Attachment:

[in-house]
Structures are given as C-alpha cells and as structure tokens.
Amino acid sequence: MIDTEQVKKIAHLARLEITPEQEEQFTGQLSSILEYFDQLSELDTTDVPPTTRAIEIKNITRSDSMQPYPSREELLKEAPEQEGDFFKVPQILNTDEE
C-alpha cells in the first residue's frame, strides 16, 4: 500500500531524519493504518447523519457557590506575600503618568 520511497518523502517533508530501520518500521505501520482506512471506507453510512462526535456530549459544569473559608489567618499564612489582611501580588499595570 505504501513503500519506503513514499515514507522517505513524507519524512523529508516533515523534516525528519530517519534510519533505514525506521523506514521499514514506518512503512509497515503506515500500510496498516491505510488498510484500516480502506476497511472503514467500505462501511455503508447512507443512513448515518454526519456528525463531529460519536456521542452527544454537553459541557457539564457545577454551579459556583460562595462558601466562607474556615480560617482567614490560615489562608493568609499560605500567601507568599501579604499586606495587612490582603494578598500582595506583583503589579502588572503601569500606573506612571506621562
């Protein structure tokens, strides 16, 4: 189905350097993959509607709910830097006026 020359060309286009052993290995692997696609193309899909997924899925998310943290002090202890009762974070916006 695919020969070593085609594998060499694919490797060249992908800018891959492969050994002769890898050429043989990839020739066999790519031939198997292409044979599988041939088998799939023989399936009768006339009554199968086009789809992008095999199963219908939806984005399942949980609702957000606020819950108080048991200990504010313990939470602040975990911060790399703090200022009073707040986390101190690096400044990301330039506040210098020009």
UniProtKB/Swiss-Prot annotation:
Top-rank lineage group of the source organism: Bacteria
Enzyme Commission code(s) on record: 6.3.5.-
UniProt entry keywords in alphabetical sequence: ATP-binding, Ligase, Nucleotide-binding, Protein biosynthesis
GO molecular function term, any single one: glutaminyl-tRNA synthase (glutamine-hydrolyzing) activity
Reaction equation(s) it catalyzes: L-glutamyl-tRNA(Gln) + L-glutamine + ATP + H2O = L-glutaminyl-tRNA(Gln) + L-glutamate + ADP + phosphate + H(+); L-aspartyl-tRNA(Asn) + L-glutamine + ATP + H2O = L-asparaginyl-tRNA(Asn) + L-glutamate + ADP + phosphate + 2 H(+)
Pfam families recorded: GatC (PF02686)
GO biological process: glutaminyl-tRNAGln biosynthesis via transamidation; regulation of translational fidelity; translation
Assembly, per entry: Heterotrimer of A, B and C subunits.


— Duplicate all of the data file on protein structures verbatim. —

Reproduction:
[in-house]
Structures are given as C-alpha cells and as structure tokens.
Amino acid sequence: MIDTEQVKKIAHLARLEITPEQEEQFTGQLSSILEYFDQLSELDTTDVPPTTRAIEIKNITRSDSMQPYPSREELLKEAPEQEGDFFKVPQILNTDEE
C-alpha cells in the first residue's frame, strides 16, 4: 500500500531524519493504518447523519457557590506575600503618568 520511497518523502517533508530501520518500521505501520482506512471506507453510512462526535456530549459544569473559608489567618499564612489582611501580588499595570 505504501513503500519506503513514499515514507522517505513524507519524512523529508516533515523534516525528519530517519534510519533505514525506521523506514521499514514506518512503512509497515503506515500500510496498516491505510488498510484500516480502506476497511472503514467500505462501511455503508447512507443512513448515518454526519456528525463531529460519536456521542452527544454537553459541557457539564457545577454551579459556583460562595462558601466562607474556615480560617482567614490560615489562608493568609499560605500567601507568599501579604499586606495587612490582603494578598500582595506583583503589579502588572503601569500606573506612571506621562
């Protein structure tokens, strides 16, 4: 189905350097993959509607709910830097006026 020359060309286009052993290995692997696609193309899909997924899925998310943290002090202890009762974070916006 695919020969070593085609594998060499694919490797060249992908800018891959492969050994002769890898050429043989990839020739066999790519031939198997292409044979599988041939088998799939023989399936009768006339009554199968086009789809992008095999199963219908939806984005399942949980609702957000606020819950108080048991200990504010313990939470602040975990911060790399703090200022009073707040986390101190690096400044990301330039506040210098020009």
UniProtKB/Swiss-Prot annotation:
Top-rank lineage group of the source organism: Bacteria
Enzyme Commission code(s) on record: 6.3.5.-
UniProt entry keywords in alphabetical sequence: ATP-binding, Ligase, Nucleotide-binding, Protein biosynthesis
GO molecular function term, any single one: glutaminyl-tRNA synthase (glutamine-hydrolyzing) activity
Reaction equation(s) it catalyzes: L-glutamyl-tRNA(Gln) + L-glutamine + ATP + H2O = L-glutaminyl-tRNA(Gln) + L-glutamate + ADP + phosphate + H(+); L-aspartyl-tRNA(Asn) + L-glutamine + ATP + H2O = L-asparaginyl-tRNA(Asn) + L-glutamate + ADP + phosphate + 2 H(+)
Pfam families recorded: GatC (PF02686)
GO biological process: glutaminyl-tRNAGln biosynthesis via transamidation; regulation of translational fidelity; translation
Assembly, per entry: Heterotrimer of A, B and C subunits.